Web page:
Many Super Bowl viewers look forward to the over-the-top, made-for-the-day ads as a festive part of the annual football spectacular. But this year viewers in several media markets will also see some graphic political messages as well.
During pregame shows and the game itself, viewers in several states will see images of aborted fetuses in ads by Randall Terry, the longtime antiabortion activist who has declared himself a Democratic candidate for president.
TV stations are generally required to run any ad for which a candidate buys a time slot within 45 days of a primary or election, but NBC affiliate WMAQ in Chicago is refusing to run Mr. Terry’s ad on Super Bowl Sunday.
At the heart of the controversy is whether Mr. Terry really qualifies as a candidate for president. The case also raises questions about whether a political party can be the judge of who is a legitimate candidate, as well as how far free-speech rights extend when it comes to political advertising.
The FCC could rule as early as Friday afternoon on whether the station is required to run the ad.
“Mr. Terry does not meet the FCC requirements to become a ‘bona fide’ candidate for the Democratic nomination for President of the United States,” says a written statement from WMAQ. Some of the reasons, the statement says: Mr. Terry doesn’t meet requirements for the Illinois ballot; Terry has stated publicly that he is hoping to exploit anti-censorship rules for candidates in order to get airtime for ads; and the Democratic National Committee has said Terry’s “claims to be a Democratic candidate for President are false.”
Terry disputes the station’s argument. He says that he’s filed paperwork to be a write-in candidate in about 75 of the 102 counties in Illinois, including those where the ad would air. He’s also been on the Democratic ballot in several other states, and in Illinois has conducted a number of campaign speeches and distributed literature, which he says has been considered evidence of candidacy in previous cases.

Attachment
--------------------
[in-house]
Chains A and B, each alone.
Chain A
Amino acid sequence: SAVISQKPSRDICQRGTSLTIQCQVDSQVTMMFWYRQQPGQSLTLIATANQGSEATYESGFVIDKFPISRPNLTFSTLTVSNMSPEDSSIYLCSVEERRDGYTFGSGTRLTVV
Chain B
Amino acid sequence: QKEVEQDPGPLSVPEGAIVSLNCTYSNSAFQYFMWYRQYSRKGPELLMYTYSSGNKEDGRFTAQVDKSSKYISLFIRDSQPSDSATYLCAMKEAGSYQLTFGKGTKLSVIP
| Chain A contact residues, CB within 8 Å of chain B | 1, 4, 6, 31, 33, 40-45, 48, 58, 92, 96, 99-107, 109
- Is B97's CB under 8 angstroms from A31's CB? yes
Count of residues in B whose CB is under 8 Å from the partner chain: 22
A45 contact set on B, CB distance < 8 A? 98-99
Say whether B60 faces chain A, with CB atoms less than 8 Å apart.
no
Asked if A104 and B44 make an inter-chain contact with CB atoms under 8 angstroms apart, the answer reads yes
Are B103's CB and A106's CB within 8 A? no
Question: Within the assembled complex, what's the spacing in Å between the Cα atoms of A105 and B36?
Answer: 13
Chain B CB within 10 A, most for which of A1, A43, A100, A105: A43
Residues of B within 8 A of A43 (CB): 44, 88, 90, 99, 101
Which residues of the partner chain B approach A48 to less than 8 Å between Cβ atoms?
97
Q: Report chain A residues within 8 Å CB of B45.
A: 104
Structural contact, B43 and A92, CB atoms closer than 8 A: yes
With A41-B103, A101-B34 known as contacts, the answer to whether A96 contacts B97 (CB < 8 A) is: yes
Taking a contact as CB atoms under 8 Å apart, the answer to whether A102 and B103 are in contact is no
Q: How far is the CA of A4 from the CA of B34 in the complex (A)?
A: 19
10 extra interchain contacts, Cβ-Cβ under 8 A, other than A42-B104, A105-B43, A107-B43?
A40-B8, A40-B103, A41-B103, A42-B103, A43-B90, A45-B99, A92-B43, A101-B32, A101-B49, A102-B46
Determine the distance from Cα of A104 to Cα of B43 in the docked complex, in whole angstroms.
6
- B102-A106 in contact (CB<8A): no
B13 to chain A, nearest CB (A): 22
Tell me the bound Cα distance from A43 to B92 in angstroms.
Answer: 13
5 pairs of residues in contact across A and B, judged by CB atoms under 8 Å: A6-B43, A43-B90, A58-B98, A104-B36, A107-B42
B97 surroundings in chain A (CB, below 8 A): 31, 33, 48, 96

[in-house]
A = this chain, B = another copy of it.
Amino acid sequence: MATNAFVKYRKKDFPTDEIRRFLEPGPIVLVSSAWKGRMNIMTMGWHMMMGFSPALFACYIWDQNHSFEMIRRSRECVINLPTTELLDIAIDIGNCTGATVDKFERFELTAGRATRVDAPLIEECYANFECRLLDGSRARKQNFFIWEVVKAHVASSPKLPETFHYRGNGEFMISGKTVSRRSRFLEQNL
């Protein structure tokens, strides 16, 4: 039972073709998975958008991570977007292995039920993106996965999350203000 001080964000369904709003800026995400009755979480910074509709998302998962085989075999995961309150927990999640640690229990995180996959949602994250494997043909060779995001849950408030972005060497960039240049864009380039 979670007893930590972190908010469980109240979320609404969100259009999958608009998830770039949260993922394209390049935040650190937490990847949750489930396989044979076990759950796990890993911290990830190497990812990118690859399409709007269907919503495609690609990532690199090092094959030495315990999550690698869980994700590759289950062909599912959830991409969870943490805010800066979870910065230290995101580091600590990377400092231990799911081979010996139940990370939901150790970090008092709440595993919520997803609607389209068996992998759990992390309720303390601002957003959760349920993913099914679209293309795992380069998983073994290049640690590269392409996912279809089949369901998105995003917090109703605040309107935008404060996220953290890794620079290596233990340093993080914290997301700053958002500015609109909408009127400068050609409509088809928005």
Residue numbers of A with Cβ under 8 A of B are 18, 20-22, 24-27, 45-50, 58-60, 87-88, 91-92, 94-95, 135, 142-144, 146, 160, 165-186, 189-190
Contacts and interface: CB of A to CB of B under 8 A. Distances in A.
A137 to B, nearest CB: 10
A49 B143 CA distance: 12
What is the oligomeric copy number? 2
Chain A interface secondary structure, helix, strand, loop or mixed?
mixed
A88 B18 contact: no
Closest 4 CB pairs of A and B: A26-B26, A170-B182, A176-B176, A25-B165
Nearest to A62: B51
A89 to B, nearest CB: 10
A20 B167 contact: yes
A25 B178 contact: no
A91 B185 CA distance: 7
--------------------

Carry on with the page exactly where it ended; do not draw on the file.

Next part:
What’s at stake, Terry says in an interview with the Monitor, is “whether or not we have free elections.”
The most disturbing part, to Terry, is a recent letter from Democratic National Committee executive director Patrick Gaspard, challenging his status as a candidate (a letter which figured into WMAQ’s argument and has also caused some stations in Missouri and Oklahoma to await the FCC ruling).
Parties shouldn’t have the right to exclude a candidate from the primary process based on his creed, Terry says. “Is the FCC going to force all candidates and voters to bow their knees to the party?”
In a Feb. 2 letter to the FCC, Terry says the party’s suggestion to TV stations not to run his ads constitute “content-driven exclusion, and is therefore forbidden under Becker v. FCC,” a 1996 ruling that found a station did not have the right to limit the times during which a graphic abortion ad by a political candidate could be shown.
Generally, “free speech trumps all” when it comes to the rights of candidates to air political ads, says Barbara O’Connor, director of the Institute for the Study of Politics and Media at California State University. But when it comes to the logistics of a station airing such ads at particular times, “the FCC has conflicting rules,” she says.
The antiabortion ads have already run in several states, including in New Hampshire in advance of its Jan. 10 primary, in which Terry appeared on the Democratic ballot. Some viewers called the station, alarmed by the ads, but when the manager explained that the station was required not to censor candidates’ ads, they generally understood.
On Super Bowl Sunday, the anti-abortion ads – some sponsored by him and some by congressional candidates – will run in 11 markets in Missouri, Illinois, Indiana, and Oklahoma, Terry says. Airtime during the game itself has only been purchased in two markets, but Terry would not say which ones.
He next plans to buy ads during the GRAMMY Awards show on Sunday Feb. 12.
“My mission is to drive child killing to the front and center of the political debate,” Terry says. “Every social movement in our lifetime has used graphic images of victims,” he says, citing images from the civil rights movement of the murdered body of black youth Emmett Till, and of activists being attacked by dogs. Likewise, he says, the fetus images “are a part of political revolution.”